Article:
We took out the quotes from my librarian friends and colleagues. However, I have them on record. Full interviews with writers I interviewed are here on my site under the category Verse Novels, like this post is. But, here are some gems from librarians and a poet on the topic of verse:
“Hi Terry! I would recommend a verse novel to a reluctant reader (and anyone else for that matter) for the simple reason that it is less intimidating to be faced with a small, self-contained episode, surrounded by a lot of white space, than it is to face a multi-page chapter of solid text. Generally speaking, it’s one of those “potato chip” things–once you get started, you can’t read just one, and before you know it, you’ve finished a whole book.” Diane Mayr, Adult Services Librarian/Assistant Director
“For kids, it’s not about the form. It’s about the story. If they heard about a book from friends – like about an Ellen Hopkins – then they want it. Helen Frost’s Crossing Stones, I recommend that all the time to teachers to add it to their list. I always recommend Frenchtown Summer. I tell the teachers, Put some good things on the list. There is so much good stuff. Karen Hesse, A Bad Boy Can Be Good for a Girl [Tanya Lee Stone], the Make Lemonade trilogy, Chasing Brooklyn. Sold. I book talk that book. I put down a $20 bill and ask ‘What could you get for this?’ A father sold his daughter for less than this, for $18.’ Covers make or break it. The Watch that Ends the Night by Allan Wolf. I tell kids ‘Oh god you better read this’ [but the cover doesn’t hook them].” Diane Sanabria, Young Adult Librarian, Leominster Public Library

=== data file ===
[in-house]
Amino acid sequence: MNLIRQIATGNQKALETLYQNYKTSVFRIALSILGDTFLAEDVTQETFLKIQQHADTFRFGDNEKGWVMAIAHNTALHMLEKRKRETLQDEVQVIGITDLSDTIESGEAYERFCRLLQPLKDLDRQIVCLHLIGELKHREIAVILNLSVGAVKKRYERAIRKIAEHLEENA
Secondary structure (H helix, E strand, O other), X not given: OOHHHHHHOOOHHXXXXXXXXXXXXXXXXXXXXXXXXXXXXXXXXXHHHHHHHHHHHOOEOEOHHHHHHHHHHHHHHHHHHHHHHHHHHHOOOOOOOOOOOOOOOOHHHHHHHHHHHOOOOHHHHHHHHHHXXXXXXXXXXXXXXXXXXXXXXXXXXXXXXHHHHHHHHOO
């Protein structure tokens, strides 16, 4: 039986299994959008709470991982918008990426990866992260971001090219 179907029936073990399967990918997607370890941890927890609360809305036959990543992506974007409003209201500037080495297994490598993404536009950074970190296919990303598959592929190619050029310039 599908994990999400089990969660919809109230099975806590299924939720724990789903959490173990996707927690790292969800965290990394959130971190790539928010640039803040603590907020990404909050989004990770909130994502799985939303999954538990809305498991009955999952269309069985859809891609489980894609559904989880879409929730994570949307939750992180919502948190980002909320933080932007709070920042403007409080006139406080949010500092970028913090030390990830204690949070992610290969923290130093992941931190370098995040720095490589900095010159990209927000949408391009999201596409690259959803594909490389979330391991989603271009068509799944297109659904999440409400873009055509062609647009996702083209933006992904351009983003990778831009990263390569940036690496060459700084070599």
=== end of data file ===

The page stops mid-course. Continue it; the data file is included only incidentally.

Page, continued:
“I love recommending verse novels, the fact that so few words can build a complex story make them perfect for both the reluctant reader (the extra white space makes it less daunting) and the voracious reader for the content. In my current position I do not find that I do much with curriculum related recommendations. My current favorite book to recommend is Carol Lynch Williams’ Glimpse. I would recommend this to any reader, it is a great hook book for reluctant readers, and complex enough for a strong reader.” Susan Schatvet, YA/Reference, Seabrook Library